This area of Tokyo is known for Musashino udon which is a dark-colored udon that is very chewy. Nana does not serve the Musashino udon.  The noodles are softer yet still have a nice texture.

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The entrance, which is hard to see from the street.

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I had a hard time finding Nana as not only is it in a residential area, it’s a home. This is the exterior of Nana, and no, there are no signs signifying the restaurant.

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Actually, once I saw all of the bicycles parked in the driveway, I knew this must be it.

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The interior. Very simple, basically the living room of the home. This was a very early lunch, but it filled up quickly after we were seated. The husband and wife team are very kind. Portions of udon are very large so I suggest going for the smaller size. If you can’t finish your bowl of noodles you can put them in a plastic bag to take home.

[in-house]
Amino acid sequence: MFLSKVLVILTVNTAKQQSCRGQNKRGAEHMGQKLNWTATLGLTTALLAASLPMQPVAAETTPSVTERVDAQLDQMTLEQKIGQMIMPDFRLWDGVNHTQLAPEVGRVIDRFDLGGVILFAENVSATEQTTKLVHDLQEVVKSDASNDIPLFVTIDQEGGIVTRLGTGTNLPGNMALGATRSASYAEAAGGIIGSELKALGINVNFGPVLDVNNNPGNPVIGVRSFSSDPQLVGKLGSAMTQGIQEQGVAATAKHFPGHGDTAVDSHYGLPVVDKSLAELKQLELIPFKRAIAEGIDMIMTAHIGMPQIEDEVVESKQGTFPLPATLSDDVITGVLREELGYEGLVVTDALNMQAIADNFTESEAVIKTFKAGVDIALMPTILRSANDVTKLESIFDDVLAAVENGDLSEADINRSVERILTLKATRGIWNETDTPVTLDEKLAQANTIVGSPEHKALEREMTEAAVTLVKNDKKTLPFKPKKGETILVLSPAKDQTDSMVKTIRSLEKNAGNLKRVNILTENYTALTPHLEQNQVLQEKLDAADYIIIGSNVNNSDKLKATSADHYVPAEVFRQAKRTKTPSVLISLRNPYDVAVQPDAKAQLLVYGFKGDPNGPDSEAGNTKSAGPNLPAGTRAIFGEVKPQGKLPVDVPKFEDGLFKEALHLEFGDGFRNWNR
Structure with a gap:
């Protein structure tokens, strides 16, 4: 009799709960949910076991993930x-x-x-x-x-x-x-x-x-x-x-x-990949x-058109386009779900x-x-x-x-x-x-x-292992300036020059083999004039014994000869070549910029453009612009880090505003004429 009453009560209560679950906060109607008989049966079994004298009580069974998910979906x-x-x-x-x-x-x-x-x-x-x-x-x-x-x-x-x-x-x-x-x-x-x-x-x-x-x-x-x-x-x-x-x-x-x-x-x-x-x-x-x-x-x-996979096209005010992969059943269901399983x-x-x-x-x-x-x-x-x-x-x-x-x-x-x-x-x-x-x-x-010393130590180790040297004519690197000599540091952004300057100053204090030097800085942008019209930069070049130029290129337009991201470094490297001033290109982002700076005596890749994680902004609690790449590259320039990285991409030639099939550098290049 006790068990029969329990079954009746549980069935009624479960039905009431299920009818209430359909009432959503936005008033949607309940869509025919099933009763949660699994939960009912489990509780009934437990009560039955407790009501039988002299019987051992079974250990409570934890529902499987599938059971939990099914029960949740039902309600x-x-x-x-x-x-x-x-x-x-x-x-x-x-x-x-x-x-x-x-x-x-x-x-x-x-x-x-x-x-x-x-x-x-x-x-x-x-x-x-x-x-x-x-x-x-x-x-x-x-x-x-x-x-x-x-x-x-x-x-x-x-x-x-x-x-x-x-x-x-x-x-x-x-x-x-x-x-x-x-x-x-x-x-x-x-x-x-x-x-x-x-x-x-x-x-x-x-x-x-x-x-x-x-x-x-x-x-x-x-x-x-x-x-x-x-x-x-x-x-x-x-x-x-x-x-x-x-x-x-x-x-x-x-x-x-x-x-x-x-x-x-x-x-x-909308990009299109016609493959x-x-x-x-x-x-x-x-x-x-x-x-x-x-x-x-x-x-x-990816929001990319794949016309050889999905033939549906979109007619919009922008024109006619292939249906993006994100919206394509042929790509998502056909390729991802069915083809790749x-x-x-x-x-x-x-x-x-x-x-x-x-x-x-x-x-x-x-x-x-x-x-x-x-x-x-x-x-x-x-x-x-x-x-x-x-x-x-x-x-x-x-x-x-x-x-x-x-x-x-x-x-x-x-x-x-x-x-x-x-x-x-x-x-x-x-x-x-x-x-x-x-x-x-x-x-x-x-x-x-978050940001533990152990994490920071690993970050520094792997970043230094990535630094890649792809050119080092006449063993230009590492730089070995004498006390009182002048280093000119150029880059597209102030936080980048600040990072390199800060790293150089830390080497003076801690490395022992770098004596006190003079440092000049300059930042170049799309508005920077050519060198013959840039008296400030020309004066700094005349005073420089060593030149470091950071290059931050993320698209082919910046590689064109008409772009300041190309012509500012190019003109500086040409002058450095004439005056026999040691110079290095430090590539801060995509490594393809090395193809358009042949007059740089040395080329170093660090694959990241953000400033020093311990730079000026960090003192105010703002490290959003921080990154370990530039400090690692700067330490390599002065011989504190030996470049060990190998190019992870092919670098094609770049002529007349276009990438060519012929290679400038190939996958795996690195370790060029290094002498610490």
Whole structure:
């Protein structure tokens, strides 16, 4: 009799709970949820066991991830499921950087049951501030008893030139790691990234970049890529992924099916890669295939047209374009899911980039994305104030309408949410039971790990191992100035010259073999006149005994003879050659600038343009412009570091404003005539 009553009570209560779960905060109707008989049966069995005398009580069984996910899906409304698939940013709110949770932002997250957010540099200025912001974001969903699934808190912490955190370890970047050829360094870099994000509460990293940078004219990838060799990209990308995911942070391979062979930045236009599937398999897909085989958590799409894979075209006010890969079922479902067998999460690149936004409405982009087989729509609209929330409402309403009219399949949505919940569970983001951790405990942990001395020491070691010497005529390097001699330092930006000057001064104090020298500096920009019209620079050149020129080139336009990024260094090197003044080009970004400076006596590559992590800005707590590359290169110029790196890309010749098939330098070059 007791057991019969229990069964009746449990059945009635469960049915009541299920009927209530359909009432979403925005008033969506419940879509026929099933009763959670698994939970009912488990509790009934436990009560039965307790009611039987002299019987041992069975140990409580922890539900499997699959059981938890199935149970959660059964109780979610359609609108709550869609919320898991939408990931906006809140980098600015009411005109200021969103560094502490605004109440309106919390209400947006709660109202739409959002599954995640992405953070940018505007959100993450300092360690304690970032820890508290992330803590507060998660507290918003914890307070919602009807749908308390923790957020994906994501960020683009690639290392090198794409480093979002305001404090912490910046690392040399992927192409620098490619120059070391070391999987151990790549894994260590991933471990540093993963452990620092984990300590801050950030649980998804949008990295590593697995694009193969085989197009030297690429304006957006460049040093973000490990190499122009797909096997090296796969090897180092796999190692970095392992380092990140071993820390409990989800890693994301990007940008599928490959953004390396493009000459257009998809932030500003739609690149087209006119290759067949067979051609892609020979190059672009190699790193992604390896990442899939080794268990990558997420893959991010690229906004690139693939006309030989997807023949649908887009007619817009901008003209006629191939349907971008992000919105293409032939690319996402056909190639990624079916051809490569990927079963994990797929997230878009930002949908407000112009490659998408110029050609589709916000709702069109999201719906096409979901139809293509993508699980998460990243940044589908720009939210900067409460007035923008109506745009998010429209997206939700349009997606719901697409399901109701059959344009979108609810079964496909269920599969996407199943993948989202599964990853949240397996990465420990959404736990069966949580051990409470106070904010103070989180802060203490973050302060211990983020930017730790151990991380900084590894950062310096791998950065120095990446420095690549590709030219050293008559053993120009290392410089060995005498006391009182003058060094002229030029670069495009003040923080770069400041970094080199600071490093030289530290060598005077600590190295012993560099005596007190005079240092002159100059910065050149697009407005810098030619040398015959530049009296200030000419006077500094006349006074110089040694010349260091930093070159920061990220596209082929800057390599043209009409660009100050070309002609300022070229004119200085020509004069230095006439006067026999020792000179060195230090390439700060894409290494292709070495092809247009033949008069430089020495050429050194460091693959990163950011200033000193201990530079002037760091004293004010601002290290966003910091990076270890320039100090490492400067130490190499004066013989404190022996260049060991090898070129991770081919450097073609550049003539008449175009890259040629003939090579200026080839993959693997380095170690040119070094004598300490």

Nana Udon XOn our second visit the wife gave us a bag of kombu Tsukudani to take home with us. She had warned us that it was spicy as it is made with tōgarashi, dried red chili peppers. We loved it over a bowl of steaming rice.

The shop’s great name is “Foot Stomped Udon” as the noodles are traditionally stomped by feet.

Ashi Uchi Udon Dokoro Nana 足打ちうどん処七

Tokyo-to, Kokubunji-shi, Honda 5-28-2 東京都国分寺市本多5-28-2

042-328-1002

Saturday – Sunday 11:00~14:00 (or until sold out)

Monday – Friday 11:30~14:00

Closed Tuesday, Wednesday, and each month on the 30th and 31st

Google Map